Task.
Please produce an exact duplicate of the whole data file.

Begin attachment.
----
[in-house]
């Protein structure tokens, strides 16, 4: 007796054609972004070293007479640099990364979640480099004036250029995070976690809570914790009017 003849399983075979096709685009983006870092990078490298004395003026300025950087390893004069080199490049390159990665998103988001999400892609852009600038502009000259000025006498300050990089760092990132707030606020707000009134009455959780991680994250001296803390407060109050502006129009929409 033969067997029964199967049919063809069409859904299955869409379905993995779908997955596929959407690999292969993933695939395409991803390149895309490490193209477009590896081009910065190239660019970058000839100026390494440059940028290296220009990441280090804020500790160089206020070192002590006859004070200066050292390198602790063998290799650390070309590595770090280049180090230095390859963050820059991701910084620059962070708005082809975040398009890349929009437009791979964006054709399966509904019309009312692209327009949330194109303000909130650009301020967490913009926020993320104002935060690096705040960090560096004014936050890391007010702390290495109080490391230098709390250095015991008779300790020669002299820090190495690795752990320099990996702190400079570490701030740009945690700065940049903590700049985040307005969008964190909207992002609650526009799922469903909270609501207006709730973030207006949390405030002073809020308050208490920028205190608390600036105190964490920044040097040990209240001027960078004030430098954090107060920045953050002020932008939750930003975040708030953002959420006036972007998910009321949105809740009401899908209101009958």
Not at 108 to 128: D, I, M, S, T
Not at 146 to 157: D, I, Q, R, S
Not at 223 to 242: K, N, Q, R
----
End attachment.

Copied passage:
[in-house]
């Protein structure tokens, strides 16, 4: 007796054609972004070293007479640099990364979640480099004036250029995070976690809570914790009017 003849399983075979096709685009983006870092990078490298004395003026300025950087390893004069080199490049390159990665998103988001999400892609852009600038502009000259000025006498300050990089760092990132707030606020707000009134009455959780991680994250001296803390407060109050502006129009929409 033969067997029964199967049919063809069409859904299955869409379905993995779908997955596929959407690999292969993933695939395409991803390149895309490490193209477009590896081009910065190239660019970058000839100026390494440059940028290296220009990441280090804020500790160089206020070192002590006859004070200066050292390198602790063998290799650390070309590595770090280049180090230095390859963050820059991701910084620059962070708005082809975040398009890349929009437009791979964006054709399966509904019309009312692209327009949330194109303000909130650009301020967490913009926020993320104002935060690096705040960090560096004014936050890391007010702390290495109080490391230098709390250095015991008779300790020669002299820090190495690795752990320099990996702190400079570490701030740009945690700065940049903590700049985040307005969008964190909207992002609650526009799922469903909270609501207006709730973030207006949390405030002073809020308050208490920028205190608390600036105190964490920044040097040990209240001027960078004030430098954090107060920045953050002020932008939750930003975040708030953002959420006036972007998910009321949105809740009401899908209101009958």
Not at 108 to 128: D, I, M, S, T
Not at 146 to 157: D, I, Q, R, S
Not at 223 to 242: K, N, Q, R